We apply an abuse of discretion standard to the district court's decision to modify child support. Moylan v. Moylan, 384 N.W.2d 859, 864 (Minn. 1986). The starting point is the current net income of the obligor, and the district court's finding of net income will be affirmed if it has a reasonable basis in fact. Strauch v. Strauch, 401 N.W.2d 444, 448 (Minn. App. 1987); Minn. Stat. § 518.551, subd. 5(b) (1996).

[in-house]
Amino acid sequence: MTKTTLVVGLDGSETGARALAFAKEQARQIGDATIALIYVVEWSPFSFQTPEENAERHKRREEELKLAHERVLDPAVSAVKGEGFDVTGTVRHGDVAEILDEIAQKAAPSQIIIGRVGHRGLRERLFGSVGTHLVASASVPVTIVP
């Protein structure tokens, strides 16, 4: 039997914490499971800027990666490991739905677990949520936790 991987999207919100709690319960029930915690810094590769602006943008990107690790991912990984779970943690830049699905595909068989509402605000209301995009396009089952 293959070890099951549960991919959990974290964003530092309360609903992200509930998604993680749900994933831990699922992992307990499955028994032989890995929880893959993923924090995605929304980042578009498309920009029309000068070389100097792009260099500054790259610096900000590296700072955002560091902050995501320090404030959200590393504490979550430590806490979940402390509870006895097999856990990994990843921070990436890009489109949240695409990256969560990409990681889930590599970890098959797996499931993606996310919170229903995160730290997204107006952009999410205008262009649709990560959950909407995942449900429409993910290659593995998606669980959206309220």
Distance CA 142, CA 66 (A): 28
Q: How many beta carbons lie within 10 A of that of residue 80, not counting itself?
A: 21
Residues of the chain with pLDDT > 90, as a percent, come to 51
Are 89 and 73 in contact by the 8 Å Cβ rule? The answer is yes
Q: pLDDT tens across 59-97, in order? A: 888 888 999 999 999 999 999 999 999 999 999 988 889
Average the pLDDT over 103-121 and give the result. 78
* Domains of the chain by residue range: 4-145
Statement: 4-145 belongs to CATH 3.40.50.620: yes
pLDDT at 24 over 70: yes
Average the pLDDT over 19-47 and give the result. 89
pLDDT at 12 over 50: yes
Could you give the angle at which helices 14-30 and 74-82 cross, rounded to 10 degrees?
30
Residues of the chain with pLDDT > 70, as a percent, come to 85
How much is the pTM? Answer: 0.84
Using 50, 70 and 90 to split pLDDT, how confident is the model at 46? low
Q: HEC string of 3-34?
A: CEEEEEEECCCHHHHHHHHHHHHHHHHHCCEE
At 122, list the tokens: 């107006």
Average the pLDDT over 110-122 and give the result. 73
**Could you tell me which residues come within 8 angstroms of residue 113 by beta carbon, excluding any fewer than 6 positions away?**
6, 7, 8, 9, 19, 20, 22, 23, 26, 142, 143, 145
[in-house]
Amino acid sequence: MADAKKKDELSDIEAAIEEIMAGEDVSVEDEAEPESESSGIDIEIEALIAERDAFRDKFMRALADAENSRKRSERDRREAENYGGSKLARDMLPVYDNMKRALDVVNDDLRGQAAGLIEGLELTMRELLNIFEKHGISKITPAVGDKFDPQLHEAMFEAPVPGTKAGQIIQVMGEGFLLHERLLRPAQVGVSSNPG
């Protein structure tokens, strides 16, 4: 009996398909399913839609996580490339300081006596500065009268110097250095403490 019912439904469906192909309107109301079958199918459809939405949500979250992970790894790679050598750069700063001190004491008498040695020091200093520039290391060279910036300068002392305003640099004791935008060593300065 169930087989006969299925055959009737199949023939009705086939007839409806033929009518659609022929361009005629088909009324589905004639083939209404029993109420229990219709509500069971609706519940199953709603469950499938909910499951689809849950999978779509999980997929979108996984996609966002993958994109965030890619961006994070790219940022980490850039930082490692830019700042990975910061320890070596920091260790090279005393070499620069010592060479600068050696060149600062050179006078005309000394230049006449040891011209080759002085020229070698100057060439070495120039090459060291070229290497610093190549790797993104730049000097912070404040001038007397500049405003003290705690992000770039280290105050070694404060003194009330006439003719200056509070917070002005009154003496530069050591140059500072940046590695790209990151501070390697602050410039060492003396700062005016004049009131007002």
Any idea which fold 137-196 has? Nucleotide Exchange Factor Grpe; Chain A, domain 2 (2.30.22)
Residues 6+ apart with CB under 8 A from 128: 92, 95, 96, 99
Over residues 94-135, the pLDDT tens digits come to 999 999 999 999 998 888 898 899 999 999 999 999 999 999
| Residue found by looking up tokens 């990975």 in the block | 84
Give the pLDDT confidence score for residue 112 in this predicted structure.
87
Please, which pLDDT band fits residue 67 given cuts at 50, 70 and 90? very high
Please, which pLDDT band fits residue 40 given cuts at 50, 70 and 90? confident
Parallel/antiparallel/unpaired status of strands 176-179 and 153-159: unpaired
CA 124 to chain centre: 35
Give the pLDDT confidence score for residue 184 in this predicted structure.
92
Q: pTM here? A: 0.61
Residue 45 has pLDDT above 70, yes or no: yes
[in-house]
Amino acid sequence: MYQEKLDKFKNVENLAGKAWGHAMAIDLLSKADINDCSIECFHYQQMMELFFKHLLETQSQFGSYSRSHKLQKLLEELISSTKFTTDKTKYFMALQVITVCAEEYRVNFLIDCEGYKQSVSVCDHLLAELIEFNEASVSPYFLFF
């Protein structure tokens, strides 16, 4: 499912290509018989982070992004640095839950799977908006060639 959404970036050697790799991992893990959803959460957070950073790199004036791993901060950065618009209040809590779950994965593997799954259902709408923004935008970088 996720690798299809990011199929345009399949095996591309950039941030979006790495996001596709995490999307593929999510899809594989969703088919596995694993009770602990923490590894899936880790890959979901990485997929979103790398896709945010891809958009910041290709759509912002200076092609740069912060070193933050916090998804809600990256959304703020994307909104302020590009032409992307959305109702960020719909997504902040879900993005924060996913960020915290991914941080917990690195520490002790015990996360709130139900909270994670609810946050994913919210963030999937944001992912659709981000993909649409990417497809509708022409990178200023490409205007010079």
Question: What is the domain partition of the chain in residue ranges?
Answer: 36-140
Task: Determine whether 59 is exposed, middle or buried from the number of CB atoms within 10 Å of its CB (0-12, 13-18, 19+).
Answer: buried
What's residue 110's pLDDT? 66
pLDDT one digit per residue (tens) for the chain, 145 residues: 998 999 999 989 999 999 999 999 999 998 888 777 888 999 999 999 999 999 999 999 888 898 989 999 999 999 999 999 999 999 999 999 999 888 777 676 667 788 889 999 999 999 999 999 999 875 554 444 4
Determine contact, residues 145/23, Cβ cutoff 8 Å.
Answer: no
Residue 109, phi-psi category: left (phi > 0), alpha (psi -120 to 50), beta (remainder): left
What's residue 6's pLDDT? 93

The district court's computation of net income lacks a basis in fact in three parts of the calculation. First, there is no evidentiary basis for the court's use of single withholding status to determine Troupe's net income. The record shows that Troupe, who has remarried, filed a joint 1995 tax return with his spouse. The district court's reliance on the single-person tax rate resulted in an excessive allowance for federal income tax. Second, the district court allowed a depreciation deduction in arriving at Troupe's income from rental property, reasoning that the depreciation deductions "reflect the diminution in value to which rental property is peculiarly susceptible." The record shows, however, that Troupe's rental property significantly increased in value. The district court must determine if Troupe's depreciation deductions are valid and not primarily for the purpose of sheltering income. See Pruessner v. Timmer, 414 N.W.2d 577, 579 (Minn. App. 1987). Finally, the district court failed to make a finding on whether Troupe's voluntary ten percent contribution to his employer's 401K plan, added to his employer's seven percent contribution, was a reasonable pension deduction. Minn. Stat. § 518.551, subd. 5(b); see also Mueller v. Mueller, 419 N.W.2d 845, 847 (Minn. App. 1988) (remanding IRA deduction and employer pension when no finding of reasonableness). The finding on net income is inadequately supported by the record.